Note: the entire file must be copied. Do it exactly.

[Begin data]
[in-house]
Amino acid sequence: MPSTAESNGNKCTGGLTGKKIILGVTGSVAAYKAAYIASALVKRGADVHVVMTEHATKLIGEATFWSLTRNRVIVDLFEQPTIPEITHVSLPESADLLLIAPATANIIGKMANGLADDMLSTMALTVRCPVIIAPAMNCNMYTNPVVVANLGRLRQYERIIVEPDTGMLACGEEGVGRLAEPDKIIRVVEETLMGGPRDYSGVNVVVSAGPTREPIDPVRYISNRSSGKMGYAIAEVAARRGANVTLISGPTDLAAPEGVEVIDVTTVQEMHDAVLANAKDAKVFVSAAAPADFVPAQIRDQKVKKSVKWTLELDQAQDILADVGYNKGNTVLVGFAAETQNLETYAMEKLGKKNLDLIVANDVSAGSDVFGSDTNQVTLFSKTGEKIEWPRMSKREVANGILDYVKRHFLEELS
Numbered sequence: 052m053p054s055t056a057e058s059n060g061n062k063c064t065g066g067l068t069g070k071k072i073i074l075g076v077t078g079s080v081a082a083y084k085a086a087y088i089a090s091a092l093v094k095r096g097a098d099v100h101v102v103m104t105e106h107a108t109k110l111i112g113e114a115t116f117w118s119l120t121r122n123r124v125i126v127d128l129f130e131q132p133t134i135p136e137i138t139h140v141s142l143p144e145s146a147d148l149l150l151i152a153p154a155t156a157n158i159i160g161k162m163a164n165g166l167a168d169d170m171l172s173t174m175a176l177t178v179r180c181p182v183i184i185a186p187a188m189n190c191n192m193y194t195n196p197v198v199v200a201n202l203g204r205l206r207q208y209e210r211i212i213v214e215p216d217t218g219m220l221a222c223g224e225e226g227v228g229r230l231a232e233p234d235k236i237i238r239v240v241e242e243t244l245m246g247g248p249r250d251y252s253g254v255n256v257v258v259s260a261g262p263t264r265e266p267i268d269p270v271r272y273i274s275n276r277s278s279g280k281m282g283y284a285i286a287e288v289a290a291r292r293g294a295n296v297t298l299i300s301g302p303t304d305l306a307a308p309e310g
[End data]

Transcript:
[in-house]
Amino acid sequence: MPSTAESNGNKCTGGLTGKKIILGVTGSVAAYKAAYIASALVKRGADVHVVMTEHATKLIGEATFWSLTRNRVIVDLFEQPTIPEITHVSLPESADLLLIAPATANIIGKMANGLADDMLSTMALTVRCPVIIAPAMNCNMYTNPVVVANLGRLRQYERIIVEPDTGMLACGEEGVGRLAEPDKIIRVVEETLMGGPRDYSGVNVVVSAGPTREPIDPVRYISNRSSGKMGYAIAEVAARRGANVTLISGPTDLAAPEGVEVIDVTTVQEMHDAVLANAKDAKVFVSAAAPADFVPAQIRDQKVKKSVKWTLELDQAQDILADVGYNKGNTVLVGFAAETQNLETYAMEKLGKKNLDLIVANDVSAGSDVFGSDTNQVTLFSKTGEKIEWPRMSKREVANGILDYVKRHFLEELS
Numbered sequence: 052m053p054s055t056a057e058s059n060g061n062k063c064t065g066g067l068t069g070k071k072i073i074l075g076v077t078g079s080v081a082a083y084k085a086a087y088i089a090s091a092l093v094k095r096g097a098d099v100h101v102v103m104t105e106h107a108t109k110l111i112g113e114a115t116f117w118s119l120t121r122n123r124v125i126v127d128l129f130e131q132p133t134i135p136e137i138t139h140v141s142l143p144e145s146a147d148l149l150l151i152a153p154a155t156a157n158i159i160g161k162m163a164n165g166l167a168d169d170m171l172s173t174m175a176l177t178v179r180c181p182v183i184i185a186p187a188m189n190c191n192m193y194t195n196p197v198v199v200a201n202l203g204r205l206r207q208y209e210r211i212i213v214e215p216d217t218g219m220l221a222c223g224e225e226g227v228g229r230l231a232e233p234d235k236i237i238r239v240v241e242e243t244l245m246g247g248p249r250d251y252s253g254v255n256v257v258v259s260a261g262p263t264r265e266p267i268d269p270v271r272y273i274s275n276r277s278s279g280k281m282g283y284a285i286a287e288v289a290a291r292r293g294a295n296v297t298l299i300s301g302p303t304d305l306a307a308p309e310g